WITH AN INCREASINGLY impressive array of power meter options now on the market, triathletes have no shortage of options to suit their needs from hub to pedal and crank-based alternatives. What makes the right choice for triathletes depends on a number of factors including the consistent precision of a unit, cost and relative userfriendliness. Quark’s Elsa R nails all of these requirements making it among the best allaround options on the market.
The crank-based power meter comes in six length options from 162.5 to 177.5 mm for a customizable fit. Installing it is the same as for a regular crank set.
How it works
Torque is measured via five strain gauges positioned in the spider of the Elsa R. By comparing measurements for the downstroke and the upstroke, the Elsa R can also report the estimated balance of power between the right and left legs. For our tester, dealing with a chronic injury, the ability to evaluate balance of power was particularly valued and helped ensure necessary rehab and strength building on the injured leg.
With the latest Firmware update, the Elsa can work with or without magnet. The built in accelerometer in the cranks measures cadence. Throughout testing, we rode the Elsa R with a Powertap G3 wheel simultaneously. The Elsa R consistently reported numbers within three to five per cent of the Powertap, with the Elsa R reporting slightly higher. This variation is expected and accounted for by drivetrain efficiency loss.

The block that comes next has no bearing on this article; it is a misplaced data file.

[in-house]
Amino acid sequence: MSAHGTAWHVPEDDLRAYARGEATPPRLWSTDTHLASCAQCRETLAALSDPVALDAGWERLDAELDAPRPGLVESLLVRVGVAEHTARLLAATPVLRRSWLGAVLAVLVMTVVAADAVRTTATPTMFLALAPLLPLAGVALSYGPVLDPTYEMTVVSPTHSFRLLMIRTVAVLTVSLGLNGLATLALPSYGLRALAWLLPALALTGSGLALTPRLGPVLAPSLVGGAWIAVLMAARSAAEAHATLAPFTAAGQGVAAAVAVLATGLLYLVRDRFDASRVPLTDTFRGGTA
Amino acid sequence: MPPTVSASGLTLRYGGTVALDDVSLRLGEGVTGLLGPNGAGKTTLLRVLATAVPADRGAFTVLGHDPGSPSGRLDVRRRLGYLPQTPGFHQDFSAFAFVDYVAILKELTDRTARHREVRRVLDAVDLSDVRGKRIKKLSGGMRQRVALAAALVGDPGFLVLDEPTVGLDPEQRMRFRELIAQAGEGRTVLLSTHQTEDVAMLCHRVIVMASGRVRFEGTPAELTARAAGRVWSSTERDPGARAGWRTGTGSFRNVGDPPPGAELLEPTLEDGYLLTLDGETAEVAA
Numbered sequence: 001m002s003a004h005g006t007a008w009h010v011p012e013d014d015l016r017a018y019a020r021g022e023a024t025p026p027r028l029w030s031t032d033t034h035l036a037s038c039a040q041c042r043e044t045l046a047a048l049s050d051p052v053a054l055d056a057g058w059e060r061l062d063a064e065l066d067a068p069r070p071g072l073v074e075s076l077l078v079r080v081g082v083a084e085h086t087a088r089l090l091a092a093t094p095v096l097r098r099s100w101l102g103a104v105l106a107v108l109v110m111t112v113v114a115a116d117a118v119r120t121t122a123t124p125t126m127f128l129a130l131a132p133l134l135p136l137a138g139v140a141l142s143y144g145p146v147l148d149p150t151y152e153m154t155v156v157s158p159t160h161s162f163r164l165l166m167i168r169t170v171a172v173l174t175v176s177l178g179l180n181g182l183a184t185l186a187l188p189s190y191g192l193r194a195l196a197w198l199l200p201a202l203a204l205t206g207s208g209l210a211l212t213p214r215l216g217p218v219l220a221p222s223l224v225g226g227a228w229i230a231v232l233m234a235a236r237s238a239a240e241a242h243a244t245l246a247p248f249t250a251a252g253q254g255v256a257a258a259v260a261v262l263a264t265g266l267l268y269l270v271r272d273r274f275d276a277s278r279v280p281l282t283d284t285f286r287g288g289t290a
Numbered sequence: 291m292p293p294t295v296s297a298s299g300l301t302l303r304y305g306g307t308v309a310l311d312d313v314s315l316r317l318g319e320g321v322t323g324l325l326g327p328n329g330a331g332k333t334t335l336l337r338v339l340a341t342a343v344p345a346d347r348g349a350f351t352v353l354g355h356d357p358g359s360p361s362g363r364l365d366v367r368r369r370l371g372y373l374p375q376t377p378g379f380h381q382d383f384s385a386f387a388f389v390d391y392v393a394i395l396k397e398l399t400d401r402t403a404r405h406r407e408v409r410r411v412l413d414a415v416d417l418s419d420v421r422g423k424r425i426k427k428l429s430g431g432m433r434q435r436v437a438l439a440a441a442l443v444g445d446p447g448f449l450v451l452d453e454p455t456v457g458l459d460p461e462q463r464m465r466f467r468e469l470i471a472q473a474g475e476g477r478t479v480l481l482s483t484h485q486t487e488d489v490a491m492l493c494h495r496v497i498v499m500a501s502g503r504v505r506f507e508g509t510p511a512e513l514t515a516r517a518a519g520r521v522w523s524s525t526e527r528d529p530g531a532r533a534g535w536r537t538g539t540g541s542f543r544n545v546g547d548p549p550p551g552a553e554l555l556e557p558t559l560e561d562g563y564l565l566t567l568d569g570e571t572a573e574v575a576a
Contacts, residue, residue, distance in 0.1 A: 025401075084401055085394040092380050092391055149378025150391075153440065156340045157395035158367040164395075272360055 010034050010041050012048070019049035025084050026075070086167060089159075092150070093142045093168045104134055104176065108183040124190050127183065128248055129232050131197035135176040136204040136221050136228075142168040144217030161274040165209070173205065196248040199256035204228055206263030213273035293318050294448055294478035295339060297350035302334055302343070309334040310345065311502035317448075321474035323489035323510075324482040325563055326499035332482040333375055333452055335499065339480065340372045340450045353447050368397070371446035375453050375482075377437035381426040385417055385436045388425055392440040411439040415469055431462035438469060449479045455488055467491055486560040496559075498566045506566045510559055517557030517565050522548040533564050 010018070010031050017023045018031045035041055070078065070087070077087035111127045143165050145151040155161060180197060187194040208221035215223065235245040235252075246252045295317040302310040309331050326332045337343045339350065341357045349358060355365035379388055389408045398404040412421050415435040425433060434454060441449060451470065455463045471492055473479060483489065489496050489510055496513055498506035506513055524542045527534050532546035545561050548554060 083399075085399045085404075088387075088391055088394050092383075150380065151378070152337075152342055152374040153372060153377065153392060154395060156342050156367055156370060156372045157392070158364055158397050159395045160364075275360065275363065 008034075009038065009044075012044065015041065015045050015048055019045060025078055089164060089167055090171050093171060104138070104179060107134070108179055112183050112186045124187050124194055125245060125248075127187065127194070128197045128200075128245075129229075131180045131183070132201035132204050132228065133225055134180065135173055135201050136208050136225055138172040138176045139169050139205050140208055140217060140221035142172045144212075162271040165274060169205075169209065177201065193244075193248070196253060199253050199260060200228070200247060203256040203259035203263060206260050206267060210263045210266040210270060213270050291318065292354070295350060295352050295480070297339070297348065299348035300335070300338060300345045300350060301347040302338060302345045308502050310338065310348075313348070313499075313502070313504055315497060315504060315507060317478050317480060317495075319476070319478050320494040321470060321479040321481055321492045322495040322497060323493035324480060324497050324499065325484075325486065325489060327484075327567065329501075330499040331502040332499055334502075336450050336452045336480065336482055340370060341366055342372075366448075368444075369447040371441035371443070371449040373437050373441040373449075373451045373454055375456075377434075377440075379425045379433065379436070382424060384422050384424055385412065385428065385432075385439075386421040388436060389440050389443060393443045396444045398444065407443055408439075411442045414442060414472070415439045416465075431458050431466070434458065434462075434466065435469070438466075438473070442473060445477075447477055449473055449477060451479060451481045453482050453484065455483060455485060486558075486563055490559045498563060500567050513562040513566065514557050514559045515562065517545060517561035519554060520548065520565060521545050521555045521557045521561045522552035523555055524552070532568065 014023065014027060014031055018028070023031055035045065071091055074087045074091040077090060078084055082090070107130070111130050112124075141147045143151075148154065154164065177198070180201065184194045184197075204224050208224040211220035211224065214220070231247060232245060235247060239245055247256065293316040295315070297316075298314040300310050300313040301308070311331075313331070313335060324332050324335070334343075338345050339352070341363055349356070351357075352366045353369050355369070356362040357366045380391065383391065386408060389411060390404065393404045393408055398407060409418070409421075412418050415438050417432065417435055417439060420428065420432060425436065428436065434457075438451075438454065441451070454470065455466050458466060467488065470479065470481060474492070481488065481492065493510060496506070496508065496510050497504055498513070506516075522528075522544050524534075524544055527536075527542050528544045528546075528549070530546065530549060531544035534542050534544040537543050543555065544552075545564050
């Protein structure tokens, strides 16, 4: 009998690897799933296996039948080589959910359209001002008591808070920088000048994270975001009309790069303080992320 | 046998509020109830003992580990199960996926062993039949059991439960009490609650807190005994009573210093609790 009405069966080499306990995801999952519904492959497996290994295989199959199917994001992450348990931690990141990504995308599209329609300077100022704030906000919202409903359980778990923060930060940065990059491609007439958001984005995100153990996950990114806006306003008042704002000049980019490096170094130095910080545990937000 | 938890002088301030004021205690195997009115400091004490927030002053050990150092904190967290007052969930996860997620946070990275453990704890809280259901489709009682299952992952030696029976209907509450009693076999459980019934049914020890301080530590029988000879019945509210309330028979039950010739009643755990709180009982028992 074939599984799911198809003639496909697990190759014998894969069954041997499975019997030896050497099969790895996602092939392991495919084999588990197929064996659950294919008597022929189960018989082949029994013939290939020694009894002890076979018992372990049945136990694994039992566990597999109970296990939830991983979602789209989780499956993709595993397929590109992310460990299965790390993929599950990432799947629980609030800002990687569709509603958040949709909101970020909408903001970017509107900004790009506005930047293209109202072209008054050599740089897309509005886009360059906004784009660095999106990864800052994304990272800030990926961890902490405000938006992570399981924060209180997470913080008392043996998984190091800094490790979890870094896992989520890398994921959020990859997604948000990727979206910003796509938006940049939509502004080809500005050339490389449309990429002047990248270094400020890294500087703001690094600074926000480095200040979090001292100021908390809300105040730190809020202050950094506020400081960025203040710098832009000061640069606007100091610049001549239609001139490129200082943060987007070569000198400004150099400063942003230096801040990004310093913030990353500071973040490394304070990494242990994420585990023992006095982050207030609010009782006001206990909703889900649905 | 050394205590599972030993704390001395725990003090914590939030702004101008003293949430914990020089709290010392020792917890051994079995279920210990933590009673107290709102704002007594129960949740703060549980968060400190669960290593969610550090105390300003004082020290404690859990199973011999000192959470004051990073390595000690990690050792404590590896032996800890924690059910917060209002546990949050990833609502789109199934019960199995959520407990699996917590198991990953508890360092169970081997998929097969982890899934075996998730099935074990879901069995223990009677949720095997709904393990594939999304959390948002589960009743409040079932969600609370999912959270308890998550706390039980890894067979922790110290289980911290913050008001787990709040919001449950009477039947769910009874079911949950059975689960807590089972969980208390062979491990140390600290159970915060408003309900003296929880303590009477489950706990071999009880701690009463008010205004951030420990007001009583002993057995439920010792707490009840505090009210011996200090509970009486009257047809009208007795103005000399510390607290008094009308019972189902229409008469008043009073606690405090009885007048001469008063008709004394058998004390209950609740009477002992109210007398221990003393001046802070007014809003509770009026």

The hollow carbon crank is stiff and strong. The Elsa R is powered by a CR2032 battery which is easy to find and boasts a lifespan of 300 hours. While we didn’t test it long enough to prove that, we didn’t have to replace it during our extended testing period. The Elsa R has an IPX7 waterproof rating, which means it can wit hsta nd a one-metre immersion f or 30 minutes. Although we had only a few rainy day rides with the Elsa R, there were no issues in the wet weather at all.
The Elsa R comes with a pre-installed battery, a selection of magnets, a pair of washers for the pedals and a quick-start guide. Although Quark recommends a Garmin head unit (500 and up), any ANT+ enabled device (including an iphone with an ANT+ adaptor) can be used to view and record power data from the cranks. Quark’s Qalvin app updates Firmware and is a great diagnostic tool for troubleshooting.–
Danelle Kabush, PHD loves to ride, run and swim in Victoria. She works with athletes and teams as a certified mental performance consultant. Follow her: mentaltrainingscience.com